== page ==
Irish trainer Philip Fenton’s horses cleared to run at Cheltenham

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  • Irish trainer Philip Fenton’s horses — including Gold Cup contender Last Instalment — have been cleared to run at the Cheltenham Festival next week.

    The British Horseracing Authority (BHA) went to Ireland on 26 February to interview the trainer and test his horses after it was revealed he faced charges relating to the possession of banned drugs.

    On Wednesday (5 March) it was confirmed that the investigation “found no evidence that Fenton’s Cheltenham-entered horses have been administered with anabolic steroids”.

    Dunguib, Last Instalment and Value At Risk have been cleared to take up their Cheltenham Festival entries. Last Instalment is currently 3rd favourite for Friday’s (14 March) Gold Cup at 7-1 behind Bobs Worth and Silviniaco Conti.

    “The findings of this investigation have not given us a reason to believe that any of the Fenton-trained horses entered for Cheltenham have been administered with performance-enhancing substances,” said BHA chief executive Paul Bittar.

    “Therefore there was no basis, legal or otherwise, on which to prevent the horses from running.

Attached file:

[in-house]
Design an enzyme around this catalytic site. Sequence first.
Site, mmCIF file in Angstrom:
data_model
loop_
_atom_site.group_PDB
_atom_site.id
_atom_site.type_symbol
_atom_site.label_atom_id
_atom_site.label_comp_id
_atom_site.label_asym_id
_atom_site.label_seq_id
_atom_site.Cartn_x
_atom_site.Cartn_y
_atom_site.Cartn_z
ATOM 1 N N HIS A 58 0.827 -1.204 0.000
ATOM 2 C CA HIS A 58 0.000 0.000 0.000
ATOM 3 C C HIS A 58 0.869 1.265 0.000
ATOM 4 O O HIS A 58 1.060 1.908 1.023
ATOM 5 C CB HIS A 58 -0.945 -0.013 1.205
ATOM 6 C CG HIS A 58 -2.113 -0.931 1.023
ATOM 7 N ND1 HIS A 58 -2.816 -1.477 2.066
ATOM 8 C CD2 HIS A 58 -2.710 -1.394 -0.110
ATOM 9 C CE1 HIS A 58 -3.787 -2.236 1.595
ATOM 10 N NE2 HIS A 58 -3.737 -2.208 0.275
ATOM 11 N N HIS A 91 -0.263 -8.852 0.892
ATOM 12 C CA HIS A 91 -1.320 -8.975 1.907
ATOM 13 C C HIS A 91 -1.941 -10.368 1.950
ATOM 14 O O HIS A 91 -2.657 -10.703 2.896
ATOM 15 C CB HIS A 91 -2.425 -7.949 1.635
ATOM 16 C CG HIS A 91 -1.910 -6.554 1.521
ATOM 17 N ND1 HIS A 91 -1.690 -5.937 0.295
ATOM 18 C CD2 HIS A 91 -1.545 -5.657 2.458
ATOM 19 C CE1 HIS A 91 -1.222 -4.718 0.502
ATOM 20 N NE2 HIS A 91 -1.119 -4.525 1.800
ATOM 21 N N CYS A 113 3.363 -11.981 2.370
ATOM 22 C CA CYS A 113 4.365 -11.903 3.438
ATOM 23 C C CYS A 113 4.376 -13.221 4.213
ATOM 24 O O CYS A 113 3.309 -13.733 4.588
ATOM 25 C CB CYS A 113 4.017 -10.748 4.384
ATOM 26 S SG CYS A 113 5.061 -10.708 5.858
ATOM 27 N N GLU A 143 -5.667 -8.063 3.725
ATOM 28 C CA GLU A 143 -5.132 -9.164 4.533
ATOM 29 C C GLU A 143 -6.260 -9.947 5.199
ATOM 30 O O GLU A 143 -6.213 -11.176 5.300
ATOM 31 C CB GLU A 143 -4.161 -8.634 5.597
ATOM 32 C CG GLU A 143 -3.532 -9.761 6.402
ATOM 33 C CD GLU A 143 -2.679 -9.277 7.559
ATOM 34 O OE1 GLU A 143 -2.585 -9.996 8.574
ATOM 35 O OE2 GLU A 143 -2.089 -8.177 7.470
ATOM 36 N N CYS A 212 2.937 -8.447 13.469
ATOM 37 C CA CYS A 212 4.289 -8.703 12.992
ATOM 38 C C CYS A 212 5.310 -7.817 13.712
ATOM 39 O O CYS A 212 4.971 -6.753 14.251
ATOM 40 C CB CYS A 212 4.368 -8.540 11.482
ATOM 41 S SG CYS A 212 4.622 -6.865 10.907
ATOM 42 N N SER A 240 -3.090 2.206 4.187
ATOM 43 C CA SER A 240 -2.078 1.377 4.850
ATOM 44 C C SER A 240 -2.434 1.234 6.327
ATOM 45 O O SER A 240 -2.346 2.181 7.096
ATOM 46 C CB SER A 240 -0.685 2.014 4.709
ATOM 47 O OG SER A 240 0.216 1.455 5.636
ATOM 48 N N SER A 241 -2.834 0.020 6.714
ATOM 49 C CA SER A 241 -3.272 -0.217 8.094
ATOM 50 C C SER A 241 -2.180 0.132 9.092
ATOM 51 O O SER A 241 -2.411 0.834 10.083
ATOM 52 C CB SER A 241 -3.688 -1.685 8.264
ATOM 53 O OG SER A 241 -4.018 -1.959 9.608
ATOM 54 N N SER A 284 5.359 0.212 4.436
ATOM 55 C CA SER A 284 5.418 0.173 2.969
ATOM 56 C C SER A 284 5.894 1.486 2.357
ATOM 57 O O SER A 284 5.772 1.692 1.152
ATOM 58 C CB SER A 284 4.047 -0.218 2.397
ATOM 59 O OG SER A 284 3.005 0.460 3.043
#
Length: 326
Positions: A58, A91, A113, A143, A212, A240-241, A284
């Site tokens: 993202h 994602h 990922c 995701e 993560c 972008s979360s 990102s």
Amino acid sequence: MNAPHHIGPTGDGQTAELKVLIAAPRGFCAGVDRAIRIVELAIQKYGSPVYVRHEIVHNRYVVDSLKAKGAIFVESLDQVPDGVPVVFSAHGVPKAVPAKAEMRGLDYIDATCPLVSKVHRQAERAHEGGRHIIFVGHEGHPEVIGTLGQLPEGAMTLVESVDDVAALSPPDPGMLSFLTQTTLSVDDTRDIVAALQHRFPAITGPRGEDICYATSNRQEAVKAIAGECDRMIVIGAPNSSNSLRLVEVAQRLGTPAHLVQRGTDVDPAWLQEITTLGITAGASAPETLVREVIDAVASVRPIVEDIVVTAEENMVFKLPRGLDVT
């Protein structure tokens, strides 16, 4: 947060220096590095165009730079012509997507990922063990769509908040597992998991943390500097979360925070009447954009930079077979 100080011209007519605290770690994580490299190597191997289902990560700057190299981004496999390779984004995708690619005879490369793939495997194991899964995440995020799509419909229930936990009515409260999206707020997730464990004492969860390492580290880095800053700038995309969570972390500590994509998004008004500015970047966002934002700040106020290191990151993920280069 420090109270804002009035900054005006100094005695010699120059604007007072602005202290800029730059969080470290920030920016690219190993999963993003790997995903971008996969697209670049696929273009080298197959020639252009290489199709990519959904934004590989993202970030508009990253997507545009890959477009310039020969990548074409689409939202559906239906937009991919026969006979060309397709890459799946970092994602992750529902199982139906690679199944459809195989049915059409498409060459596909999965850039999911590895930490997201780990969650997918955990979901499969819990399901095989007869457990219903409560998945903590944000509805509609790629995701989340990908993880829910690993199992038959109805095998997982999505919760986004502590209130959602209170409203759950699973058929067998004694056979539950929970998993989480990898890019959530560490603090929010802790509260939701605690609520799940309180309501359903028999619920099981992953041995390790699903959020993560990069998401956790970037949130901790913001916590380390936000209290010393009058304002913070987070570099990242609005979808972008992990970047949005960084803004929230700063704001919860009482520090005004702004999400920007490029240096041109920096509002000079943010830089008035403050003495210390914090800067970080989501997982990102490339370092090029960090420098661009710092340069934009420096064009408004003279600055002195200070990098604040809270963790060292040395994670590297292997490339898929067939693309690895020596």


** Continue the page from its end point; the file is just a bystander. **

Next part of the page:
“Our investigation included testing of the horses with entries for Cheltenham, using both blood and hair screening methods.

    “The tests showed no presence of anabolic steroids or anything else untoward. These facts were further supported by the individual circumstances surrounding each horse, including their training and testing histories, as well as the interview which took place between members of our Integrity team and Fenton.

    “This is now a matter for the Irish criminal justice system and the Irish Turf Club, with which we have coordinated throughout.”

    Fenton’s court hearing in Co Tipperary on 20 February ended with the case being adjourned until 20 March — after the Festival (11-14 March). This was to allow him to prepare legal submissions.

    Fenton faces 8 charges relating to possession of banned anabolic steroids and prescription-only medicines without vet prescriptions. The drugs were seized from his yard on 18 January 2012 by the Irish Department of Agriculture.


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